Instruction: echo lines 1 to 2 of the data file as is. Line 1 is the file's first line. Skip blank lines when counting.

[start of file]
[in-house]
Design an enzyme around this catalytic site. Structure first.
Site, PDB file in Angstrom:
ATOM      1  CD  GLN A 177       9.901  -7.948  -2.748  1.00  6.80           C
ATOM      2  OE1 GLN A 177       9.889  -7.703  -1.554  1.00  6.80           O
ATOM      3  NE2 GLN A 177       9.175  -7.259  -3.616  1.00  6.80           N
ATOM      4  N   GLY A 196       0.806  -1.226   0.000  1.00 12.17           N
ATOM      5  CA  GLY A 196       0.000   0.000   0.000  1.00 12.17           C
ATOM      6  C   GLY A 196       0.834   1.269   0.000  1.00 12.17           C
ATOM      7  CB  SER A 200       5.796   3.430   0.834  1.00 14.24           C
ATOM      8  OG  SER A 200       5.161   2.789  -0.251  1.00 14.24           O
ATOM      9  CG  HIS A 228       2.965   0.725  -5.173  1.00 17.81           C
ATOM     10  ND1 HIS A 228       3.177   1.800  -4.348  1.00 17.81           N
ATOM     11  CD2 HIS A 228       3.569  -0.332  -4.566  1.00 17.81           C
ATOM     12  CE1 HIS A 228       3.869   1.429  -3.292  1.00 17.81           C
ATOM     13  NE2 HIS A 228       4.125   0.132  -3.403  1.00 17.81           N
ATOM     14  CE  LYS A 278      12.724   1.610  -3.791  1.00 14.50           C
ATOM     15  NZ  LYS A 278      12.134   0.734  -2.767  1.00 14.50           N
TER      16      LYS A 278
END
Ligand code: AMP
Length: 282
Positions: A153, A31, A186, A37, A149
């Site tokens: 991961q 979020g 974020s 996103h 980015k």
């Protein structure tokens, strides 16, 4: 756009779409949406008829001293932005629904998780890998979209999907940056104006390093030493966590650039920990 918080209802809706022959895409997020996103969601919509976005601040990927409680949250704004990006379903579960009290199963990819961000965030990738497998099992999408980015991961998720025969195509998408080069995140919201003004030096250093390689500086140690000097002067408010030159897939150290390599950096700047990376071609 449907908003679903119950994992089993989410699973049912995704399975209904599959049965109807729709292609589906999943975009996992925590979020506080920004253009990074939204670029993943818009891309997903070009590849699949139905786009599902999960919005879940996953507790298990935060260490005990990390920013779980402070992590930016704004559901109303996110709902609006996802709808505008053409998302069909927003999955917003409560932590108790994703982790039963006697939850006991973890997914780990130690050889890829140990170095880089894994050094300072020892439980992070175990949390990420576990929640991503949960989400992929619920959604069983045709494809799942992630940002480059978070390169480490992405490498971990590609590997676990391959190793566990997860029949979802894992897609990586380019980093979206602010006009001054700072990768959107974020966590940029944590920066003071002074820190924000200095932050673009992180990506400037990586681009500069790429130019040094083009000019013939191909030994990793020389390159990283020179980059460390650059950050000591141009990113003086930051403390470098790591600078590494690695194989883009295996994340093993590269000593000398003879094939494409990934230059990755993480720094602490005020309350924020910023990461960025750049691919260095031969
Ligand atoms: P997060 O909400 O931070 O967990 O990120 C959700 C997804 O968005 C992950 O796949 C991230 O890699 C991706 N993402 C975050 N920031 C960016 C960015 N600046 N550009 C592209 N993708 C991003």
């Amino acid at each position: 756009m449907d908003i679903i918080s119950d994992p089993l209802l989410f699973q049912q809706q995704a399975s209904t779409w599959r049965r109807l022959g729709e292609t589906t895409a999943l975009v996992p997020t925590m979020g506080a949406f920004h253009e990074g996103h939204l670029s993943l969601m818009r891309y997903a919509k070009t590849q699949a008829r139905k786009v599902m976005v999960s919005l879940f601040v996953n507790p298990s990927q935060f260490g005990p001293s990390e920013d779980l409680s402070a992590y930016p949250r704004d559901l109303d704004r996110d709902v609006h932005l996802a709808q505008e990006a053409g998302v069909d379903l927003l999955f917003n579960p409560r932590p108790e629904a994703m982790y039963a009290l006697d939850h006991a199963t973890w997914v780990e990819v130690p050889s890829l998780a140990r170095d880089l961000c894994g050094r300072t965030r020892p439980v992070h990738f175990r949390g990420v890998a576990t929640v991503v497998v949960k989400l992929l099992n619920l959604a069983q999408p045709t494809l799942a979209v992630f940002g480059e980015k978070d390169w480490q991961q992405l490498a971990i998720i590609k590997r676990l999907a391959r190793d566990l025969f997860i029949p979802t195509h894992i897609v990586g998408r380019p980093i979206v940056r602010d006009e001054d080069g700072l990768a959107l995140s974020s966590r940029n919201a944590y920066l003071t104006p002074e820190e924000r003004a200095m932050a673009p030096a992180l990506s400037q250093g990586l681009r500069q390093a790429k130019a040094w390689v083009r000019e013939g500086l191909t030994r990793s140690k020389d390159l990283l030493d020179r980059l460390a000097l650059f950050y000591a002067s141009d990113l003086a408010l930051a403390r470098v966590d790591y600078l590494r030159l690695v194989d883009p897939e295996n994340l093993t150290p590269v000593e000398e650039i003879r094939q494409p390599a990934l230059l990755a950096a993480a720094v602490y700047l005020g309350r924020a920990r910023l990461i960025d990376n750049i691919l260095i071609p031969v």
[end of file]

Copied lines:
[in-house]
Design an enzyme around this catalytic site. Structure first.